Airbnb, along with other sharing economy companies, has long touted their sustainability street cred. Now, the short-term lodging service is going a step further by partnering with SolarCity.

The San Mateo-based clean power provider, which recently merged with Tesla Motors, is offering Airbnb hosts up to $1,000 in cash for installing solar power systems on their rooftops. In addition, Airbnb hosts who are also SolarCity customers will score a $100 Airbnb booking credit.

So, will Airbnb hosts jump at the offer? As Fortune noted on Tuesday, the average cost of installing a solar power system is anywhere from $25,000 to $35,000, so that 1K check may not get many homeowners to budge. Of course, depending on the host’s location, tax incentives can reduce that total. And SolarCity is among the many solar power installers that provide monthly payment options. For those who rely significantly on Airbnb income, but find that other financial benefits are lacking, receiving a thousand bucks in the mail could be enough of an incentive.

Moreover, Airbnb and SolarCity are clearly appealing to millennials by talking up the environmental benefits of investing in residential solar. SolarCity claims the average rooftop solar power system can prevent the emissions of 150 metric tons of carbon dioxide over its lifetime. That amount, SolarCity insists, is equivalent to taking 125 road trips from New York to San Francisco (363,375 miles) or leaving 75 metric tons (166,000 pounds) of coal in the ground.

Meanwhile, Airbnb claims 13 million homes and 36 million bedrooms sit empty on any given night. The company has long made the case that utilizing those empty spaces is both environmentally responsible and an economic no-brainer.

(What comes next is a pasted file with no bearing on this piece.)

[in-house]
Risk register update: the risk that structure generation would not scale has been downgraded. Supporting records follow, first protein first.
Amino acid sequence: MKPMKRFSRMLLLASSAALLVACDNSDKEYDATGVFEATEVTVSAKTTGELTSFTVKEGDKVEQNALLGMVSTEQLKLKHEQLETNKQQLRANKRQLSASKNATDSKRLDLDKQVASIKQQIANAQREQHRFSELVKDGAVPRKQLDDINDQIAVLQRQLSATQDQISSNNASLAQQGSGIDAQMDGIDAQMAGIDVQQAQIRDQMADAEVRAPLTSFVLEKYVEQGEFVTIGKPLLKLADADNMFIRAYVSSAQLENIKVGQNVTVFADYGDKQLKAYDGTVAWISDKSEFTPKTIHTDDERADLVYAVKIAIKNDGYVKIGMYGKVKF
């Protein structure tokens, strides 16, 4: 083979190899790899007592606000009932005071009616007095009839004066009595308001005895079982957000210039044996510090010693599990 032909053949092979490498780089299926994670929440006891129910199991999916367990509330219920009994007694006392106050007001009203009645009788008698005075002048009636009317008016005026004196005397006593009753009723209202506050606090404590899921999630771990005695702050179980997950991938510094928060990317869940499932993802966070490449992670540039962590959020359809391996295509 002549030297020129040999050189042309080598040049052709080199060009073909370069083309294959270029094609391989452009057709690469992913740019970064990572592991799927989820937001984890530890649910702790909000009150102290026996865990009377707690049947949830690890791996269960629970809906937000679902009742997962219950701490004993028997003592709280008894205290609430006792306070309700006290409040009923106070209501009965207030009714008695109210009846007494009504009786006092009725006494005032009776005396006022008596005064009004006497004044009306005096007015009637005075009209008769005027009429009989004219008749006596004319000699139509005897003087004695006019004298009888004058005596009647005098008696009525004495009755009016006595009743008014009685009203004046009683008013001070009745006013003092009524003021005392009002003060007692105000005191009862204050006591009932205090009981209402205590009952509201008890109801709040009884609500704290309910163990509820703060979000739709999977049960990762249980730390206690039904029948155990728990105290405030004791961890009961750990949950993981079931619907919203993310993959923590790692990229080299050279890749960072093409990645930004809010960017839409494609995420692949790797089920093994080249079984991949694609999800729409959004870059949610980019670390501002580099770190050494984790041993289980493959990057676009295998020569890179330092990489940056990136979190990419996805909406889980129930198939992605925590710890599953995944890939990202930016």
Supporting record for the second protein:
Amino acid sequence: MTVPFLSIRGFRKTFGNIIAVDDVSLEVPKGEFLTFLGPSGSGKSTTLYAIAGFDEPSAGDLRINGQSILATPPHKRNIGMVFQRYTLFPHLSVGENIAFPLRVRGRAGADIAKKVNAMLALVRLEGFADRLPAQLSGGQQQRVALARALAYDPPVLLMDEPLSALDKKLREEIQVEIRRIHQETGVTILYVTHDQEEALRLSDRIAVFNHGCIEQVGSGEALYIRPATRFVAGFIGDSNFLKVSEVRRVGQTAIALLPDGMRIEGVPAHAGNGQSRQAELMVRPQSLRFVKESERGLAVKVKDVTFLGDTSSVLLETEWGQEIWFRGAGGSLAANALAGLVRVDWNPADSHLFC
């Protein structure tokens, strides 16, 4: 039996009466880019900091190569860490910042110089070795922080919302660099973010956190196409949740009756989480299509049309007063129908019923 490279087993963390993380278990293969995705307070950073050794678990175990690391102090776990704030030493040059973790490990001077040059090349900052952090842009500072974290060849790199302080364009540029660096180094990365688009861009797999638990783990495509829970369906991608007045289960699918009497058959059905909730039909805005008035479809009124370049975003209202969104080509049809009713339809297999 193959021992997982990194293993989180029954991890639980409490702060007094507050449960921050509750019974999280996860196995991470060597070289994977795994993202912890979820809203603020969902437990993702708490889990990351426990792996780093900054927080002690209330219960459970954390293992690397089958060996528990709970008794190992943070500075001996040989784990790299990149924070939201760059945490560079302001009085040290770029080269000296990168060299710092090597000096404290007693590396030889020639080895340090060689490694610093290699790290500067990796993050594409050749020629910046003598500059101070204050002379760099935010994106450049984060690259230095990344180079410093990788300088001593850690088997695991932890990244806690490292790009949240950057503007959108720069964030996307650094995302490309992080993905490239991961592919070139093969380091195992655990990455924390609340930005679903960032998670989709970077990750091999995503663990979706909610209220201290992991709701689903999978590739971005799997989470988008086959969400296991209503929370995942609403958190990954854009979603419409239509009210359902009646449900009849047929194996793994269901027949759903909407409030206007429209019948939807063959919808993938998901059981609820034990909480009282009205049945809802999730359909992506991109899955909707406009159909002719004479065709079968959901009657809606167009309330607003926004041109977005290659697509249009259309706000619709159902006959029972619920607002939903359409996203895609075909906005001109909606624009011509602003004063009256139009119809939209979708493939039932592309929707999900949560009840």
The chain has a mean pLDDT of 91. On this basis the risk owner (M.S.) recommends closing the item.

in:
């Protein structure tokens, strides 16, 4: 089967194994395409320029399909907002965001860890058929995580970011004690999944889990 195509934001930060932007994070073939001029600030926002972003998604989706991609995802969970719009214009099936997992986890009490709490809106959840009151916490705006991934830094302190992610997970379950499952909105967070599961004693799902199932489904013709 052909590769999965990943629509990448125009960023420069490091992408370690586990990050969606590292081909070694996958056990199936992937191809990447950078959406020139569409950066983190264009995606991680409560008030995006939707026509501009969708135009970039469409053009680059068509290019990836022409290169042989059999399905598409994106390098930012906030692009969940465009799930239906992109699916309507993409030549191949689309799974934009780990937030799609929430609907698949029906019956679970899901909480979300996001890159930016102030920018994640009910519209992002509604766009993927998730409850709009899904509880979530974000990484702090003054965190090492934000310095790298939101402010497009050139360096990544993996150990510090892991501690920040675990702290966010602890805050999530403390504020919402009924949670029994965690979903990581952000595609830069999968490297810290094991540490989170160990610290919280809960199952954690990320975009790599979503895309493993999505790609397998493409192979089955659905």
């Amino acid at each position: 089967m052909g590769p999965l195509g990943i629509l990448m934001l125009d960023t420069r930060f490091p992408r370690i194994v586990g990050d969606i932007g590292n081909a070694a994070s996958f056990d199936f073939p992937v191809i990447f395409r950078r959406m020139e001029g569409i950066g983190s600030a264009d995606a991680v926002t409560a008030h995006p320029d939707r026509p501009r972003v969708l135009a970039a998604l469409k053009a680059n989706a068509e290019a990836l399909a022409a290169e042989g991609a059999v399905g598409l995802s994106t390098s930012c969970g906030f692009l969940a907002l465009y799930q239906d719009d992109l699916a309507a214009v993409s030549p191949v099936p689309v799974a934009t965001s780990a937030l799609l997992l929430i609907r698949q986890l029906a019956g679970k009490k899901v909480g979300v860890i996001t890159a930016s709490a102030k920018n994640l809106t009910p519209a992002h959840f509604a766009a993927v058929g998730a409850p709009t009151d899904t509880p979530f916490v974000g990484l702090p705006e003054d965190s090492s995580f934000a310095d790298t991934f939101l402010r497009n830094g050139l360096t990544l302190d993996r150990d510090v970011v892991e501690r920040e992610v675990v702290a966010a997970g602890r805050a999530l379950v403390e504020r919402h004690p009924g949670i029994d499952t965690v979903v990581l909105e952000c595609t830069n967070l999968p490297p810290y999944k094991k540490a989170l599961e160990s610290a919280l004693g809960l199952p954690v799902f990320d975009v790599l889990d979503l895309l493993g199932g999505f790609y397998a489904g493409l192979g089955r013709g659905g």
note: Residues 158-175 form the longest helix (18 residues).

Two years ago, Airbnb commissioned the research firm Cleantech Group to measure the environmental benefits of home sharing. The results were all over the map, from the estimate that travelers from Canada and the U.S. who used Airbnb conserve the equivalent of 270 Olympic-sized swimming pools of water, to the conclusion that room-sharing displaced the emissions of 33,000 cars from North American roads. Airbnb claimed that a survey of its hosts in Europe resulted in even more impressive metrics.

While this promotion is clearly targeted to hosts, Airbnb guests can also sign up. Interested consumers simply enter a code generated by Airbnb in order to start the process with SolarCity.

For Airbnb, this program with SolarCity is another opportunity to repair its reputation, which has been battered over the past year. The company found itself the target of protests over proven allegations of racial discrimination by its hosts. And it hired big D.C. names such as Eric Holder and Chris Lehane in an attempt to rehabilitate its image. In addition, the company’s valuation has earned it the unflattering moniker of a tech “unicorn,” which critics say symbolizes what is wrong with the investment community and the tech sector in general.

Hence this clean energy program can help Airbnb renew its focus on the sharing economy’s core values, starting with sustainable consumption – a much more constructive narrative for the company than its more recent role as the poster child of what is wrong with Silicon Valley.

Image credit: SolarCity

Published earlier today on Triple Pundit.

About The Author

Leon Kaye

Leon Kaye is the founder and editor of Based in California, he specializes in social media consulting and strategic communications. A journalist and writer since 2009, his work has appeared on Triple Pundit , The Guardian's Sustainable Business site and has appeared on Inhabitat and Earth911. His focus is making the business case for sustainability and corporate social responsibility. Areas of interest include the <a Middle East, sustainable development in The Balkans, Brazil and Korea. He was a new media journalism fellow at the International Reporting Project, for which he covered child survival in India during February 2013. Contact him at You can also reach out via Twitter (Leon Kaye) and Instagram (GreenGoPost). Since 2013, he has spent much of his time in Abu Dhabi, UAE, working with Masdar, the emirate's renewable energy company. He lives in Fresno, California.